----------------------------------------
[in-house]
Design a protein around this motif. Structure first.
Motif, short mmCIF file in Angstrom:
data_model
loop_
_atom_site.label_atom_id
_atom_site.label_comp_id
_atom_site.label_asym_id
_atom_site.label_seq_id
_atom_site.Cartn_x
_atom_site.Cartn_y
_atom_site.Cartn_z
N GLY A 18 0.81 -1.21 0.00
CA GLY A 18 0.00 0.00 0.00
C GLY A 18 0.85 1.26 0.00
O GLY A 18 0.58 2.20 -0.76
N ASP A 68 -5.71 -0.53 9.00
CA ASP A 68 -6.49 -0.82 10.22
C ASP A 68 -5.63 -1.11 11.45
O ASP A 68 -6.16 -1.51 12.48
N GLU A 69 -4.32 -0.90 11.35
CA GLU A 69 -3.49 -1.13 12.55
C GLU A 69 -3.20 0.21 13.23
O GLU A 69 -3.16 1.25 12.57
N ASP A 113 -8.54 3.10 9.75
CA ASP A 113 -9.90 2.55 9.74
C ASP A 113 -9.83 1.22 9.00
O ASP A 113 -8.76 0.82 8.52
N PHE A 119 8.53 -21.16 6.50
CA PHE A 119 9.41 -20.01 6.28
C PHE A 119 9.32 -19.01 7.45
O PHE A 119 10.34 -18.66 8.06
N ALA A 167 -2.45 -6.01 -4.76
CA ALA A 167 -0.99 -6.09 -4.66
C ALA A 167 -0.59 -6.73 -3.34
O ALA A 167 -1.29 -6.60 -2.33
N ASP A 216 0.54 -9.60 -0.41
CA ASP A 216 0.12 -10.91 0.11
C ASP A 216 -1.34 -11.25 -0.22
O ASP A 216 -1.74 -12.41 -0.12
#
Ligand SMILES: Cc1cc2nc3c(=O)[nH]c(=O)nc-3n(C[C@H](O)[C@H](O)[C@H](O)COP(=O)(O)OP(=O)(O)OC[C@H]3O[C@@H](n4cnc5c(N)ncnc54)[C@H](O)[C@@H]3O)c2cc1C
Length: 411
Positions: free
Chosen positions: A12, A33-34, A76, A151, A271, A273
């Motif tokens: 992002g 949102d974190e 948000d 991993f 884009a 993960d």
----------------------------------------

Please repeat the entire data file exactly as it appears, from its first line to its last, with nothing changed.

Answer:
[in-house]
Design a protein around this motif. Structure first.
Motif, short mmCIF file in Angstrom:
data_model
loop_
_atom_site.label_atom_id
_atom_site.label_comp_id
_atom_site.label_asym_id
_atom_site.label_seq_id
_atom_site.Cartn_x
_atom_site.Cartn_y
_atom_site.Cartn_z
N GLY A 18 0.81 -1.21 0.00
CA GLY A 18 0.00 0.00 0.00
C GLY A 18 0.85 1.26 0.00
O GLY A 18 0.58 2.20 -0.76
N ASP A 68 -5.71 -0.53 9.00
CA ASP A 68 -6.49 -0.82 10.22
C ASP A 68 -5.63 -1.11 11.45
O ASP A 68 -6.16 -1.51 12.48
N GLU A 69 -4.32 -0.90 11.35
CA GLU A 69 -3.49 -1.13 12.55
C GLU A 69 -3.20 0.21 13.23
O GLU A 69 -3.16 1.25 12.57
N ASP A 113 -8.54 3.10 9.75
CA ASP A 113 -9.90 2.55 9.74
C ASP A 113 -9.83 1.22 9.00
O ASP A 113 -8.76 0.82 8.52
N PHE A 119 8.53 -21.16 6.50
CA PHE A 119 9.41 -20.01 6.28
C PHE A 119 9.32 -19.01 7.45
O PHE A 119 10.34 -18.66 8.06
N ALA A 167 -2.45 -6.01 -4.76
CA ALA A 167 -0.99 -6.09 -4.66
C ALA A 167 -0.59 -6.73 -3.34
O ALA A 167 -1.29 -6.60 -2.33
N ASP A 216 0.54 -9.60 -0.41
CA ASP A 216 0.12 -10.91 0.11
C ASP A 216 -1.34 -11.25 -0.22
O ASP A 216 -1.74 -12.41 -0.12
#
Ligand SMILES: Cc1cc2nc3c(=O)[nH]c(=O)nc-3n(C[C@H](O)[C@H](O)[C@H](O)COP(=O)(O)OP(=O)(O)OC[C@H]3O[C@@H](n4cnc5c(N)ncnc54)[C@H](O)[C@@H]3O)c2cc1C
Length: 411
Positions: free
Chosen positions: A12, A33-34, A76, A151, A271, A273
């Motif tokens: 992002g 949102d974190e 948000d 991993f 884009a 993960d």